Yesterday I drove to Morro Bay. It was typical spring weather, with a strong northwest wind blowing cloud shadows over the morros. These hills, which form a series of rocky outcrops beginning with Morro Rock and ending near San Luis Obispo, are really ancient “plugged” volcanoes that used to be much higher. They formed a stunning backdrop to the Los Osos Valley as I made my way towards the town of Morro Bay.
That evening, I gave a presentation to Morro Coast Audubon Society at the beautiful new auditorium near the Botanic Garden. I came away feeling that the whole Morro Bay Area has a high interest in natural history; they were an enthusiastic audience and I even sold some books.
But the fun began this morning, when I awoke to see the sun shining on Morro Rock.
This enormous crag is always attractive to nesting seabirds. As I gaze up at the ledges, I count a few Pelagic Cormorants, lots and lots of Brandt’s Cormorants — they seem to prefer the adjoining rock out to the northwest, however — and numerous Western Gulls. The shrill cries of the gulls dominate. The rock is a hive of birds busily carrying nesting material and defending territories.
My goal, of course, is to see the legendary Peregrine Falcons that have nested here for decades.
I walk around the south side of the rock. Behind me in the channel leading into the harbor, 5 or 6 Southern Sea Otters, one with a fluffy juvenile floating beside it, frolic in the morning sun. What a thrill.
I get to the place where the pavement ends, all the while scanning the giant rock for peregrines. There were so many birds coming and going! And I’d left my scope back in the car.
At last I see another birder with a scope, and together we examine the cliff face.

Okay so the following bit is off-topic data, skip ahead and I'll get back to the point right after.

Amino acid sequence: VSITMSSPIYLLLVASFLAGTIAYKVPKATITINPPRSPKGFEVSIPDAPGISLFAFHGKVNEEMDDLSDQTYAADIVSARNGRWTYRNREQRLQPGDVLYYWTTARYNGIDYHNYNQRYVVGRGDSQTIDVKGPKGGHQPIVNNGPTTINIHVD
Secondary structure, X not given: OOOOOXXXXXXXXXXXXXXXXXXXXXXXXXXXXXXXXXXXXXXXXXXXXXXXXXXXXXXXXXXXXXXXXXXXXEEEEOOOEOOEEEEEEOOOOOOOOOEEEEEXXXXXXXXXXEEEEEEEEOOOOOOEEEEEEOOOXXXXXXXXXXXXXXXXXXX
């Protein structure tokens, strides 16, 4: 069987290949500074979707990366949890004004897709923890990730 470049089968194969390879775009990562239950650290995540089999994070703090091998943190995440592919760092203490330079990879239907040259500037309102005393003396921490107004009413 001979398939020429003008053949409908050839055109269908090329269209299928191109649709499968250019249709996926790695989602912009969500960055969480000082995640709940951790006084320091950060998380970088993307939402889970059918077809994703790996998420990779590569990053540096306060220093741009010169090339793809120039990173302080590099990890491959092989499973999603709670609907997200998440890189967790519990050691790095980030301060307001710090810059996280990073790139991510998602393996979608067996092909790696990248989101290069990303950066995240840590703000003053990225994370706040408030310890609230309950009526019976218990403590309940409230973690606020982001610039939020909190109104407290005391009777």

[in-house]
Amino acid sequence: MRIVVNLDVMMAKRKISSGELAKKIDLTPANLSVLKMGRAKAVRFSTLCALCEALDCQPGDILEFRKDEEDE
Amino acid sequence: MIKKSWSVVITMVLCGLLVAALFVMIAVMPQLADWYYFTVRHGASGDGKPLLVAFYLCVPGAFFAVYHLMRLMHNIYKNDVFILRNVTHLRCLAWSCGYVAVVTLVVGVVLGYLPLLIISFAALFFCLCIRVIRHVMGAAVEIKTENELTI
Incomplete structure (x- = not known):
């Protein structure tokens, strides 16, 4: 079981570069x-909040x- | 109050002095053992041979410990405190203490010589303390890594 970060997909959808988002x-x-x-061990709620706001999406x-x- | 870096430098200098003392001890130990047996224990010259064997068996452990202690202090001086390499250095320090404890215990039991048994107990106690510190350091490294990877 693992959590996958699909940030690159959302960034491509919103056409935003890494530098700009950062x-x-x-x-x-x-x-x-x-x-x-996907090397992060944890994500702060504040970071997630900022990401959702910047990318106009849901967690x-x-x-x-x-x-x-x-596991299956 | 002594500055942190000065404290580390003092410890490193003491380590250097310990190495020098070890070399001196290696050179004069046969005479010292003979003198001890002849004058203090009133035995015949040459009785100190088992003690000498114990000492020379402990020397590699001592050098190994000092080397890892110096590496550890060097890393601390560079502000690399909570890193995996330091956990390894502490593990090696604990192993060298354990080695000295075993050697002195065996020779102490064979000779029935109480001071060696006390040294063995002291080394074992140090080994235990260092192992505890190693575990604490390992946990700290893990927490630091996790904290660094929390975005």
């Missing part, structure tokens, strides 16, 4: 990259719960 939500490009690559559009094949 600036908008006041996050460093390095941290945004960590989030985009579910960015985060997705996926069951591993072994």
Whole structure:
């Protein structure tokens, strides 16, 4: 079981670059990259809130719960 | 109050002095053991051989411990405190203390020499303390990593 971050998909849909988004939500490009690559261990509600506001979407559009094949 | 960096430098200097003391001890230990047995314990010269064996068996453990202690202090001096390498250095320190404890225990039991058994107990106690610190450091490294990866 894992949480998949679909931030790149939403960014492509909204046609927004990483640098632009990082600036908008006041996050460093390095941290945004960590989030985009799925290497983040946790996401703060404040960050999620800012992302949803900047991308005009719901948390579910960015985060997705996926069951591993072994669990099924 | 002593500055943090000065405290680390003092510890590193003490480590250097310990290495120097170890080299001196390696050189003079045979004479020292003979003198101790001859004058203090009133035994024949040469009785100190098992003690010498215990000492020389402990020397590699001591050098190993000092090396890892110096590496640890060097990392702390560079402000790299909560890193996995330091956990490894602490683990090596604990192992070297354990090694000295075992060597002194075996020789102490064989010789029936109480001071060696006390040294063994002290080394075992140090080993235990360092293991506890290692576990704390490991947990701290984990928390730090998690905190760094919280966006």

Yay! There it is! High, high up.
A juvenile peregrine just happens to walk to the edge of the cave-like opening that’s been its eerie this year. The bird looks pretty well-feathered, but its bill is thick, its head still has some pin feathers, and the rest of its plumage is a bit rumpled.
Feathers from previous kills litter the floor of the opening, but we can’t see back into the cave.
We wait patiently, hoping the adult birds will come to feed the fledgling. Another birder appears briefly and mentions there are two juveniles in a nest on the other side of this rock.
Then, a high school group walks up, and I am able to get them on the peregrine through the scope. Wow! Kids like big birds.
Meanwhile, Stuart Wilson, photographer for my recent book, has gone with his buddies down coast to take photos at another Peregrine Falcon nest site.
This is a convenient stop on my way home, and, although I’m later in the day, I exit the 101 freeway at Price St. in Shell Beach and head north towards the parking lot past the Ventana Grill and east of the tennis courts.
For many years, another pair of peregrines has nested here (see my book Introduction to Birds of the Southern California Coast for further directions.)
Stuart got great photos when he was here, but alas, I saw no falcons in scanning with my scope from the cliffs.
However, this spot is a winner for watching the Pigeon Guillemots as they swim around in the blue water below. Their high, keening whistle means they are in full breeding mode. But guillemot nests are hidden under the rocks and in earthen crevices in the cliffs, so you can’t see them.
You can watch the Brandt’s and Pelagic Cormorants carrying kelp to nests, and the same with more of the Western Gulls. So it’s a great birding spot and you’re just off the freeway.
Even though Morro Bay and this part of the coast are considered fall and winter birding destinations, it’s amazing what you can find on a day in May.
(All photos are by Stuart Wilson.)